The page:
Tanzania’s livestock sector is set for a major boost following the official launch of a TZS1.4 trillion (USD596 million) Tanzania livestock master plan (TLMP) on 10 March 2019 in Dar es Salaam.
Originally posted on Sustainable livestock systems:
The Tanzania Agricultural and Livestock Policy of 1997 identifies overstocking and overgrazing, as well as a lack of innovative options for meeting the needs of mobile and sedentary pastoralists as some of the major challenges facing the nation’s pastoralists. To date, these challenges affect the quality of life of…
Farmers who participate in the breeding programs and collect routine data on their cows’ health, growth and productivity receive personalized coaching and advice from livestock outreach specialists via routine visits and SMS messages on their phones.
A new science paper argues for broadening traditional approaches to livestock sustainability and veterinary vision in developing countries. Two of the three livestock science authors—Brian Perry and Tim Robinson—have formerly worked at the International Livestock Research Institute (ILRI) while the third—Delia Grace—co-leads ILRI’s Animal and Human Health program.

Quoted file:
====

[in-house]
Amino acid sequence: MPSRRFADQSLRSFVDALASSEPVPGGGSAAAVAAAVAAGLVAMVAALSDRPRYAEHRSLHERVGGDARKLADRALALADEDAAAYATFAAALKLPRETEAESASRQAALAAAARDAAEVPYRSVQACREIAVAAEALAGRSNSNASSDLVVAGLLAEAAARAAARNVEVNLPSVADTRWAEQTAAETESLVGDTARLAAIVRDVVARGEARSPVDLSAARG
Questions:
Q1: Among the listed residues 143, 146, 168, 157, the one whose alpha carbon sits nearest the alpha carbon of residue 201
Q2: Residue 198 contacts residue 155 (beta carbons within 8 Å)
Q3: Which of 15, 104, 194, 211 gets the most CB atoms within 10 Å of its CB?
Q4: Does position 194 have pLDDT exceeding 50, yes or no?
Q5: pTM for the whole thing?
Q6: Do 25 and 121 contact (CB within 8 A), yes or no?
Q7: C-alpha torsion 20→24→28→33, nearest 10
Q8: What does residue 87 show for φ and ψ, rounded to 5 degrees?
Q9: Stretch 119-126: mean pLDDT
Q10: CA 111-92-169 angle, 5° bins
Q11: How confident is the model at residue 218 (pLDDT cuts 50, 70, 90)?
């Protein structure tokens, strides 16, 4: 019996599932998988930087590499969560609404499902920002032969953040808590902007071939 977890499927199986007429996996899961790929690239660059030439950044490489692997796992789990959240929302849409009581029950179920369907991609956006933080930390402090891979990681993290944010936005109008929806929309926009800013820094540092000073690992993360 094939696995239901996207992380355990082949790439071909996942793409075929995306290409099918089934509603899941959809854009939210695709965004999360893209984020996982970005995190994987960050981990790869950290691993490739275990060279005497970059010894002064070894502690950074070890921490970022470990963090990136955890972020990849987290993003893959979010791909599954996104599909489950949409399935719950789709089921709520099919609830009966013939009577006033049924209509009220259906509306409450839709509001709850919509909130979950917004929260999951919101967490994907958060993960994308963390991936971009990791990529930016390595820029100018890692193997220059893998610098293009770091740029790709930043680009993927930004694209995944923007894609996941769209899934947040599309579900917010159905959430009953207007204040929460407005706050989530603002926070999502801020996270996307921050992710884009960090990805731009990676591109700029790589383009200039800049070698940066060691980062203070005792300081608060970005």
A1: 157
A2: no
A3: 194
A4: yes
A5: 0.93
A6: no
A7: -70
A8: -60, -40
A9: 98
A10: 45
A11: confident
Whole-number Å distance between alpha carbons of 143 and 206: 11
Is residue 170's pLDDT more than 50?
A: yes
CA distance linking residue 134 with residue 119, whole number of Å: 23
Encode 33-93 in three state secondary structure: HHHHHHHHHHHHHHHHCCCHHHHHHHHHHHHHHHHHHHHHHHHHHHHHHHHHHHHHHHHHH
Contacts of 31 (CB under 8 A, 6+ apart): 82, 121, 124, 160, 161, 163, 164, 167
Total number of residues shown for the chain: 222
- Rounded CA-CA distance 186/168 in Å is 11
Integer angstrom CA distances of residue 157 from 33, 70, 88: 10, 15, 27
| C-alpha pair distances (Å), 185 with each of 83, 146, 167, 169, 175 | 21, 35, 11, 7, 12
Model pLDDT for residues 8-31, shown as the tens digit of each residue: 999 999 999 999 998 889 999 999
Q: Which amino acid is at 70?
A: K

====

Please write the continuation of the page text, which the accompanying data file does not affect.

Partners and funders of a research-for-development project in rural Zimbabwe called ‘ZimCLIFS’ yesterday (18 Sep 2017) convened in the capital, Harare, to take stock of how small-scale mixed crop-and-livestock farmers improved their food and nutritional security and their livelihoods in four main districts (Goromonzi, Murewa, Gwanda and Nkayi, from 2012 to 2017) and in two spillover districts (Mutoko and Uzumba, from 2015 to 2017).
Efforts by research and development partners are offering renewed hope for livestock financing in Southern Africa. This was revealed at an International Conference on Livestock Value Chain Finance and Access to Credit, organized by the International Livestock Research Institute (ILRI) in partnership with the Swaziland Water and Agricultural Development Enterprise (SWADE) and Swaziland’s Micro Finance Unit (MFU) 21-23 Feb 2017.
Tremendous research progress has been made over the last ten years to better control the deadly African disease of cattle known as East Coast fever. This disease is caused by a single-celled organism, Theileria parva, which is carried by some tick species. Cattle become infected when a tick carrying the parasite takes a blood-meal from the animal over several days.